Aaron Sorkin and Danny Boyle’s Steve Jobs movie had another disastrous showing at the box office over the weekend. With earnings declining more than 69 percent from the previous weekend to just $823,000, the movie was dumped from 2,072 screens — more than any other film.
Shouldn’t have been there in the first place.
With the upcoming release of the iPad Pro (on Wednesday), the discussion surrounding the death of the ‘personal computer’ has been reinvigorated.
Ben Evans has a great article about the topic:
On this basis, instead of thinking of ‘tablets and smartphones’ as one category and ‘PCs as another, we should think of larger screen and smaller screen devices. That is, you will have something you carry with you (a ‘phone’) and may or may not also have something with a larger screen that stays mostly at home or in your office. In the past you might have chosen between a laptop or desktop – today you choose between a laptop, desktop or tablet, depending on what you want to do with it. That is, perhaps we should think of tablets as being as much ‘PCs’ as desktops and laptops are.
The New York State attorney general on Tuesday ordered the two biggest daily fantasy sports companies, DraftKings and FanDuel, to stop accepting bets from New York residents, saying their games constituted illegal gambling under state law.
The cease-and-desist order by the attorney general, Eric T. Schneiderman, is a major blow to a multibillion-dollar industry that introduced sports betting to legions of young sports fans and has formed partnerships with many of the nation’s professional sports teams. Given the New York attorney general’s historic role as a consumer-protection advocate, legal experts said the action will most likely reverberate in other states where legislators and investigators are increasingly questioning whether the industry should operate unfettered by regulations that govern legalized gambling.
“It is clear that DraftKings and FanDuel are the leaders of a massive, multibillion-dollar scheme intended to evade the law and fleece sports fans across the country,” Mr. Schneiderman said, adding, “Today we have sent a clear message: not in New York, and not on my watch.”
I’m in no way an expert on gambling laws, but I think most of us saw this coming.
I’ve never had a good concept/product to post on Kickstarter, but if I did I would use Kickbooster. It’s an affiliate program for crowdfunding campaigns and if you’re currently on Kickstarter, give it a shot.
Interesting study that describes the countries that will benefit (and lose) from the result of climate change. One of the countries that will benefit? Canada.
Simply put, countries with a colder climate will benefit and countries with a warm climate will suffer.
Apple CEO Tim Cook announced that the company’s new Apple TV would begin shipping next week, hitting the promised October deadline. Orders will start on Monday and the first of them will begin to ship later in the week.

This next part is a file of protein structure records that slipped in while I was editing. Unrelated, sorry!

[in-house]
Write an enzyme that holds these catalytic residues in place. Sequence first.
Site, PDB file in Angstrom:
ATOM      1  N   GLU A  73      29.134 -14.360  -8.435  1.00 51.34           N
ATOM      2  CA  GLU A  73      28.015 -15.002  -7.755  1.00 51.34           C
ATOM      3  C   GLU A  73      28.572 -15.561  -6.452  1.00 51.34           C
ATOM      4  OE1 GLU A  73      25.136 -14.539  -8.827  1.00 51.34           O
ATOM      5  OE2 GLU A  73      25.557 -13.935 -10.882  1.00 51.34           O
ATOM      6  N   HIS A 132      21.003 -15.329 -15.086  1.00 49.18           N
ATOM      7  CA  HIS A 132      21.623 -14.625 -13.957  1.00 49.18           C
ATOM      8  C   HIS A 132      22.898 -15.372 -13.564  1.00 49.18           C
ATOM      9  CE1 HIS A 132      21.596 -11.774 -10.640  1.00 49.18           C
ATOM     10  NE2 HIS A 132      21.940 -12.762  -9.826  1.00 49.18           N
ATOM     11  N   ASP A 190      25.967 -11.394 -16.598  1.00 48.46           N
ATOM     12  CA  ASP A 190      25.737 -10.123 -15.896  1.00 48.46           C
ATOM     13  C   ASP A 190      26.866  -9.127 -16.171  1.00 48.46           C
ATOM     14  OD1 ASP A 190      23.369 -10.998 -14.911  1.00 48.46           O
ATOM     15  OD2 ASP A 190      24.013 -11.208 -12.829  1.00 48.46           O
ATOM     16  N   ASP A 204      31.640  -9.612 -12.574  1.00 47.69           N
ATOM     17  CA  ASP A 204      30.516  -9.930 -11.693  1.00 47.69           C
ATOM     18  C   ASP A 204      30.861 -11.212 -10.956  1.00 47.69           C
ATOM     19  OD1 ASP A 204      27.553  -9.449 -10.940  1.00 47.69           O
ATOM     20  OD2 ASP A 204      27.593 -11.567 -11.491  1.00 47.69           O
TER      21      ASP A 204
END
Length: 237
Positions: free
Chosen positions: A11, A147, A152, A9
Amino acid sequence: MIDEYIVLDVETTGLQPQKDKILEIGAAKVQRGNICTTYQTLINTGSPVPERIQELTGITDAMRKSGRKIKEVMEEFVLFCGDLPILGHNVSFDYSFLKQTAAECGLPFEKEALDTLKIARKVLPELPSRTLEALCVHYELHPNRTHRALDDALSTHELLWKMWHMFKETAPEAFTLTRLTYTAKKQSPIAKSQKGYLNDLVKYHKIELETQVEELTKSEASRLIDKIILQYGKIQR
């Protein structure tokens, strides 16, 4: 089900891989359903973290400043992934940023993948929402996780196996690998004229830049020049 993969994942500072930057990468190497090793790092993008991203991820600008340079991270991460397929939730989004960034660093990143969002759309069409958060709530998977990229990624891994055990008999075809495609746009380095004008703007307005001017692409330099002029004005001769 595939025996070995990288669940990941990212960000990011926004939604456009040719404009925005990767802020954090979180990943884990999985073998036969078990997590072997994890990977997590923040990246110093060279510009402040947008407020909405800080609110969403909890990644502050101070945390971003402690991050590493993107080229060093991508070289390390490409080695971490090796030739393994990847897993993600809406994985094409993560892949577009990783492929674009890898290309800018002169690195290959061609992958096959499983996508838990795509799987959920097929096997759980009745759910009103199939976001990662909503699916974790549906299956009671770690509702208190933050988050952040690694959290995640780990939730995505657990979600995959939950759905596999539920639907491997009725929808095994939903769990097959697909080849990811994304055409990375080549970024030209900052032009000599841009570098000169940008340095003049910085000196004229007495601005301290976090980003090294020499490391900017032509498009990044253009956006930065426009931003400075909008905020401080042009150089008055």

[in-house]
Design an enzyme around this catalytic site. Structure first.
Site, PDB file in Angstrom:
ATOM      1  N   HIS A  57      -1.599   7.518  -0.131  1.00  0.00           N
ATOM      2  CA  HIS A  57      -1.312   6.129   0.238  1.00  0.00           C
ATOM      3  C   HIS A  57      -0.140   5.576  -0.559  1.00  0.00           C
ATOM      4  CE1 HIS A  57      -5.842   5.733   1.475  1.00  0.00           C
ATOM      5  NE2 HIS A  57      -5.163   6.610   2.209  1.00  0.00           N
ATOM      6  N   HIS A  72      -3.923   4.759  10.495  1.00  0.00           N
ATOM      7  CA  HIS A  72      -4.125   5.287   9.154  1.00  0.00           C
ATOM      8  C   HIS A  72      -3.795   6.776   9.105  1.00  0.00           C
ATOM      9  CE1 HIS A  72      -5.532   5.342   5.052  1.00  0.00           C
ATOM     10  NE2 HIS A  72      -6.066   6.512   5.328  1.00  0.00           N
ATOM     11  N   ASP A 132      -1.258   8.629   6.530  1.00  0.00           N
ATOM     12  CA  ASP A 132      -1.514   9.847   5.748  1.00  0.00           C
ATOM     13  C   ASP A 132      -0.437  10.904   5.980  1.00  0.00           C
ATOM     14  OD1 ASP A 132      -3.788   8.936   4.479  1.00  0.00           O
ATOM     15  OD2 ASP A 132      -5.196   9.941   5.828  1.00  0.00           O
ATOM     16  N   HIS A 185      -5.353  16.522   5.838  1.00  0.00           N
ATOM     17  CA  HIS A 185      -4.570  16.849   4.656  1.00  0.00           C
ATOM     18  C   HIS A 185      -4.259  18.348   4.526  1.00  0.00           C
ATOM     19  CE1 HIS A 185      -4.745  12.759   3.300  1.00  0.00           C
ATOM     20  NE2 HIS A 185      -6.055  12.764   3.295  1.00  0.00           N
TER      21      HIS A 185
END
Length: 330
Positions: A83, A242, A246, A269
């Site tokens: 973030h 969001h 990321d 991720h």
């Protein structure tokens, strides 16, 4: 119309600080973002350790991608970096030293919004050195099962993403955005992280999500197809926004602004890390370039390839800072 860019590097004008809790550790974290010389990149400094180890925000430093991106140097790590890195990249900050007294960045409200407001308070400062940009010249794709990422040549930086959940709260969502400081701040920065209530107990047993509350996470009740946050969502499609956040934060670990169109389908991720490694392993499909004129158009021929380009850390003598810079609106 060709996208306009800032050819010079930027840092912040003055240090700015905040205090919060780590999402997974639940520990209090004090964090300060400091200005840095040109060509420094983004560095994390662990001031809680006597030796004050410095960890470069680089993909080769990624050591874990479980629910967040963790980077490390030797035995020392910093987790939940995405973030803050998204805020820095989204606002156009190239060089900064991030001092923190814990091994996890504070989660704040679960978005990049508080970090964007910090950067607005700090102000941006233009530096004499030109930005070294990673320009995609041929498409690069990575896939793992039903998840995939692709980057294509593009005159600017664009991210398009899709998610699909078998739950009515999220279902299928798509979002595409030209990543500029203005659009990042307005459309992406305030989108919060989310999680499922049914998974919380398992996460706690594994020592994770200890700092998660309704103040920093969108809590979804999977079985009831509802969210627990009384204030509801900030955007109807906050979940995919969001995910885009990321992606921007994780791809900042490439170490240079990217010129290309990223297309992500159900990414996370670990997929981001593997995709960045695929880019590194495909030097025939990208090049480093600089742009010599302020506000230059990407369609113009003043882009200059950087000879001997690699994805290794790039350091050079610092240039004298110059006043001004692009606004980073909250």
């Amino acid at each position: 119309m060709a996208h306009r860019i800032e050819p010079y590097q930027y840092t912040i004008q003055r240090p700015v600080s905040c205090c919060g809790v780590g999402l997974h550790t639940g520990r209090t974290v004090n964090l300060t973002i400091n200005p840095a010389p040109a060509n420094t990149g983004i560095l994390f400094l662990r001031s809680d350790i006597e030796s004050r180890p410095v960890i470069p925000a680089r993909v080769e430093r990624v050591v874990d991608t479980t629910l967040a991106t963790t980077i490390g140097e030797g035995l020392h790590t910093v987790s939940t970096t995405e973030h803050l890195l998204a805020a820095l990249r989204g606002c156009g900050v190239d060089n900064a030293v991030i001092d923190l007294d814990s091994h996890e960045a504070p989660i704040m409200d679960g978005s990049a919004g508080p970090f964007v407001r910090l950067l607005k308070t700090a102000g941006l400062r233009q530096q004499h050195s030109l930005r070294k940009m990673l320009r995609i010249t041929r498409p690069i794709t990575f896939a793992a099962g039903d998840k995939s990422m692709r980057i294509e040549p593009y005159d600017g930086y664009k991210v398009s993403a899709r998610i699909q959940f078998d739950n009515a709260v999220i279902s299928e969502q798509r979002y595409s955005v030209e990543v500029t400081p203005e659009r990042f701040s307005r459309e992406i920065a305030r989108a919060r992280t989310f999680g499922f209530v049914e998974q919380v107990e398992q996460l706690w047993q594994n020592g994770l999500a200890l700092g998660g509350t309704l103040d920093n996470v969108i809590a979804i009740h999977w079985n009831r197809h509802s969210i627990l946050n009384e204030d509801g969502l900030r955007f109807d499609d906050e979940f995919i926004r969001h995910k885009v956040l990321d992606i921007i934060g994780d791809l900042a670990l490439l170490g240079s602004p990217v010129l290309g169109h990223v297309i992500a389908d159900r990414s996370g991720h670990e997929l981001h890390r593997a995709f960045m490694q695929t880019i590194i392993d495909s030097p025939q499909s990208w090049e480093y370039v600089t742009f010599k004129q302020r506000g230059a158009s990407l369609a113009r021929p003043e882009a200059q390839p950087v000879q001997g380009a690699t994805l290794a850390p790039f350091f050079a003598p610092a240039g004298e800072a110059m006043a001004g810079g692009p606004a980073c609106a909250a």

No details on when orders start, but it’s getting close.
With the release of iOS 9.1, Apple added a bunch of new emoji characters. Here is a guide of all of them.
Walt Mossberg over at The Verge:
In 2015, the brilliant writer Aaron Sorkin made a movie loosely based on a famous, powerful, contemporary American business figure — the technology innovator Steve Jobs — that showed him in a bad light. He, too, took artistic liberties with the character, and with events. But, his entertaining work of fiction isn’t labeled for what it is. It’s called Steve Jobs and is based in part on Walter Isaacson’s authorized biography of the man.
As a result, for the multitudes of people who didn’t know the real Steve Jobs, Mr. Sorkin’s film, which opens nationally Friday, will seem like a factual, holistic portrait of a great man, despite the screenwriter’s continuing protests that it’s no such thing and wasn’t meant to be a “biopic.”
Unlike Mr. Sorkin, I did know the real Steve Jobs, for about 14 years — the most productive and successful 14 years of his career. I spent scores of hours in private conversations with him over those years, and interviewed him numerous times onstageat a tech conference I co-produced. And the Steve Jobs portrayed in Sorkin’s film isn’t the man I knew.
Long before I was a Mac user, I loved to tinker with PCs. I built them myself, continuously bought new parts to upgrade its performance and loved seeing how well it could run the latest software.
Years later I fell in love with the fluidity of the Mac and how it just works. The rest they say, is history.
One thing I had always missed from my tinkering days is monitoring the performance of my machine. Things like, active CPU processes, available memory, operating temperature and much more. It may not seem important to most people, but I loved being able to see it.
Despite being less upgradeable hardware-wise, OS X still offers the ability to see this data, however viewing it in the Activity Monitor is less than ideal.
This is where iStat Menus for Mac comes in. It’s a brilliant utility that runs in the menu bar of your Mac and shows you all the data you could ever desire to know about your machine. The best part is it’s completely customizable. You can configure iStat Menus to show precisely the information you want to know.
Not only does iStat Menus show you the strain being put on your hardware, it shows you exactly what software is causing it. I love being able to see what programs are using my battery most – or which ones are transferring the most data through my network connection.
The amount of data available through iStat Menus is astounding – and hard to live without once you’ve had a try. Due to the amount of Mac apps that live in the menu bar, the real estate has become quite valuable, but iStat Menus earns it’s spot.
There’s a trial available for iStat Menus here, or you can just buy it right away for $18.
If you’re anything like me, you won’t be caught without it.